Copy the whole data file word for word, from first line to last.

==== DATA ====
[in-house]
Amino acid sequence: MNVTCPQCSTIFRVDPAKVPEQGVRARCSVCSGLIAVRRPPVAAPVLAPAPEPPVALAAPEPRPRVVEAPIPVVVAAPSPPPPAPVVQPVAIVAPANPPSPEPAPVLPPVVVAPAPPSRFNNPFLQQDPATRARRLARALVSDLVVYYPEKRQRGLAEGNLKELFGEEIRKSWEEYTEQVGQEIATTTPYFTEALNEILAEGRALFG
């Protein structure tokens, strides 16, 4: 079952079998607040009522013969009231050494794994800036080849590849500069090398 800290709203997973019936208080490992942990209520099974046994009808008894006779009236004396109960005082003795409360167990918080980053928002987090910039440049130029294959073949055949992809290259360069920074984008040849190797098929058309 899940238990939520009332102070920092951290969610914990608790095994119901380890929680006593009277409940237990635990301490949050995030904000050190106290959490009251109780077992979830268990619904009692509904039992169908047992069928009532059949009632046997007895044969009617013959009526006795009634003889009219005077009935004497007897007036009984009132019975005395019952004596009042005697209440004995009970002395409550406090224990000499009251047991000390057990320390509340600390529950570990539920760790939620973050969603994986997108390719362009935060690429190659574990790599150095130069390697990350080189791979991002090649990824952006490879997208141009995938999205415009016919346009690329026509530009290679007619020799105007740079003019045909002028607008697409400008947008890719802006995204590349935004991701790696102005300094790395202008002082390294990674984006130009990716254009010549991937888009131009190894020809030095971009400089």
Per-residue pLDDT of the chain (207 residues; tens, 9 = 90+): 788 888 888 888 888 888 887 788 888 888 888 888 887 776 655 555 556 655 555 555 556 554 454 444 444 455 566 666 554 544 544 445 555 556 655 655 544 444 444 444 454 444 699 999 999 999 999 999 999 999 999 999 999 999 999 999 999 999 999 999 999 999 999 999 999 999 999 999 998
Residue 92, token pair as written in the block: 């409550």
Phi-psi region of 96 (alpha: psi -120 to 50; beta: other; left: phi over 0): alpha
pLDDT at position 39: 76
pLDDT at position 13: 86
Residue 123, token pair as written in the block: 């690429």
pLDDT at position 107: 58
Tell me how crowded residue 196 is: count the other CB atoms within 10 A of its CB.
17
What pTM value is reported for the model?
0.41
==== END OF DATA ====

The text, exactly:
[in-house]
Amino acid sequence: MNVTCPQCSTIFRVDPAKVPEQGVRARCSVCSGLIAVRRPPVAAPVLAPAPEPPVALAAPEPRPRVVEAPIPVVVAAPSPPPPAPVVQPVAIVAPANPPSPEPAPVLPPVVVAPAPPSRFNNPFLQQDPATRARRLARALVSDLVVYYPEKRQRGLAEGNLKELFGEEIRKSWEEYTEQVGQEIATTTPYFTEALNEILAEGRALFG
């Protein structure tokens, strides 16, 4: 079952079998607040009522013969009231050494794994800036080849590849500069090398 800290709203997973019936208080490992942990209520099974046994009808008894006779009236004396109960005082003795409360167990918080980053928002987090910039440049130029294959073949055949992809290259360069920074984008040849190797098929058309 899940238990939520009332102070920092951290969610914990608790095994119901380890929680006593009277409940237990635990301490949050995030904000050190106290959490009251109780077992979830268990619904009692509904039992169908047992069928009532059949009632046997007895044969009617013959009526006795009634003889009219005077009935004497007897007036009984009132019975005395019952004596009042005697209440004995009970002395409550406090224990000499009251047991000390057990320390509340600390529950570990539920760790939620973050969603994986997108390719362009935060690429190659574990790599150095130069390697990350080189791979991002090649990824952006490879997208141009995938999205415009016919346009690329026509530009290679007619020799105007740079003019045909002028607008697409400008947008890719802006995204590349935004991701790696102005300094790395202008002082390294990674984006130009990716254009010549991937888009131009190894020809030095971009400089």
Per-residue pLDDT of the chain (207 residues; tens, 9 = 90+): 788 888 888 888 888 888 887 788 888 888 888 888 887 776 655 555 556 655 555 555 556 554 454 444 444 455 566 666 554 544 544 445 555 556 655 655 544 444 444 444 454 444 699 999 999 999 999 999 999 999 999 999 999 999 999 999 999 999 999 999 999 999 999 999 999 999 999 999 998
Residue 92, token pair as written in the block: 């409550």
Phi-psi region of 96 (alpha: psi -120 to 50; beta: other; left: phi over 0): alpha
pLDDT at position 39: 76
pLDDT at position 13: 86
Residue 123, token pair as written in the block: 């690429």
pLDDT at position 107: 58
Tell me how crowded residue 196 is: count the other CB atoms within 10 A of its CB.
17
What pTM value is reported for the model?
0.41